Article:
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Mel Blount was so dominant he changed the way Cornerbacks play the Game of Football in the NFL


The Pittsburgh Steelers are mostly known for their great linebackers throughout the history of the organization. What about Cornerbacks? The Steelers have had good cornerbacks throughout their history like Joe Haden, Ike Taylor, Jack Butler, Deshea Townsend, Bryant McFadden, William Gay, Dwayne Woodruff, Carnell Lake, Rod Woodson, and Mel Blount. Among those top cornerbacks who is the best cornerback in Steelers franchise history?


In Bob Labriola's recent Asked and Answered: April 8th edition he answered that question. He says the greatest cornerback in Steelers history is Mel Blount. Labriola says Blount was so dominant that he forced the NFL to change the rules to limit his impact. Not many players can say they have changed the rules of the NFL due to their play on the football field. Blount can. Blount was able to adjust to cover any type of receiver. His specialty was the 'bump and run,' and when he did that to his opponents they never stood a chance against him. So the NFL decided to implement the five-yard bump rule in 1977.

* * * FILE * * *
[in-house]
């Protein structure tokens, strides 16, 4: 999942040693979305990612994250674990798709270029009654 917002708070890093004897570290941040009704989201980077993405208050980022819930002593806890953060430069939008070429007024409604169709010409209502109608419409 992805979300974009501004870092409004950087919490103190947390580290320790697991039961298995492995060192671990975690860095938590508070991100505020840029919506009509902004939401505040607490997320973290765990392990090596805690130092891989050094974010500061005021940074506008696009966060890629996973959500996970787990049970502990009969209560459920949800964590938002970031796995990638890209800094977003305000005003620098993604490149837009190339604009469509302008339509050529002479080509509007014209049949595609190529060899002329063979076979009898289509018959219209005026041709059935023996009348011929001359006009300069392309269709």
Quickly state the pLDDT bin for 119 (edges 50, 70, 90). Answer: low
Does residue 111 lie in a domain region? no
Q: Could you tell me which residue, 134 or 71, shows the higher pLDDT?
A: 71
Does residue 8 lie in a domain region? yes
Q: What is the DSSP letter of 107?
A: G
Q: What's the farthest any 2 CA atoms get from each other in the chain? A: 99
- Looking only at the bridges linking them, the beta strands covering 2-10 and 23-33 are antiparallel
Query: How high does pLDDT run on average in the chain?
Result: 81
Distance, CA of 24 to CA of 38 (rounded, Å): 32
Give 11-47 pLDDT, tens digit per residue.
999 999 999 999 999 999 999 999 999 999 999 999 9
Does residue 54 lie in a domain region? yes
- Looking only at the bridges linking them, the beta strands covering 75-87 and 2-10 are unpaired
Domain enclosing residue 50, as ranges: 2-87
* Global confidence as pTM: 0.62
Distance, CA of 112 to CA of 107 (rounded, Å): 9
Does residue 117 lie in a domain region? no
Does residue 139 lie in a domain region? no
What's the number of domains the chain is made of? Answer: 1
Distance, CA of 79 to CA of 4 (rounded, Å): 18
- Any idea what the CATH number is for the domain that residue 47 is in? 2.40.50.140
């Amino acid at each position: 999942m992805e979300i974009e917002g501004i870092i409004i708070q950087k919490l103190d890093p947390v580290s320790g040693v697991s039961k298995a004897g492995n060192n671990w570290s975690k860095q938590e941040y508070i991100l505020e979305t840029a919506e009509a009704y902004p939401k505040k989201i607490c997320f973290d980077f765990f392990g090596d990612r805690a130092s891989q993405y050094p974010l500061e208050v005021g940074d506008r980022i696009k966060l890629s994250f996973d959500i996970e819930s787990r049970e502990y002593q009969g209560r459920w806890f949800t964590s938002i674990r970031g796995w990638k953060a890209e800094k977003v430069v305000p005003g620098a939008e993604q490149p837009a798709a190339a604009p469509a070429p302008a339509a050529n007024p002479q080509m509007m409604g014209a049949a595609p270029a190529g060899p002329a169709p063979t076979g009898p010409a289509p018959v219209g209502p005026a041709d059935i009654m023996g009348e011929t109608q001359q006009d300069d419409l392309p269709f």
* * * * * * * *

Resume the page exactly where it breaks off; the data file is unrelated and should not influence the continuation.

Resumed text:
Once the 'Mel Blount rule' went into effect a cornerback was not allowed to bump a wide receiver with five yards of the line of scrimmage. At the end of the day, Blount accepted the rule and said if you're an athlete you need to be able to make adjustments in your game. You have to play within the rules.


Mel Blount on the NFL's rule change: "When they changed the bump-and-run rule, we all had to adjust," said Blount. "If you're an athlete, a player, you make the adjustment. You know what the rules are. You play within the rules, and you let your ability take you to whatever it can take you to."


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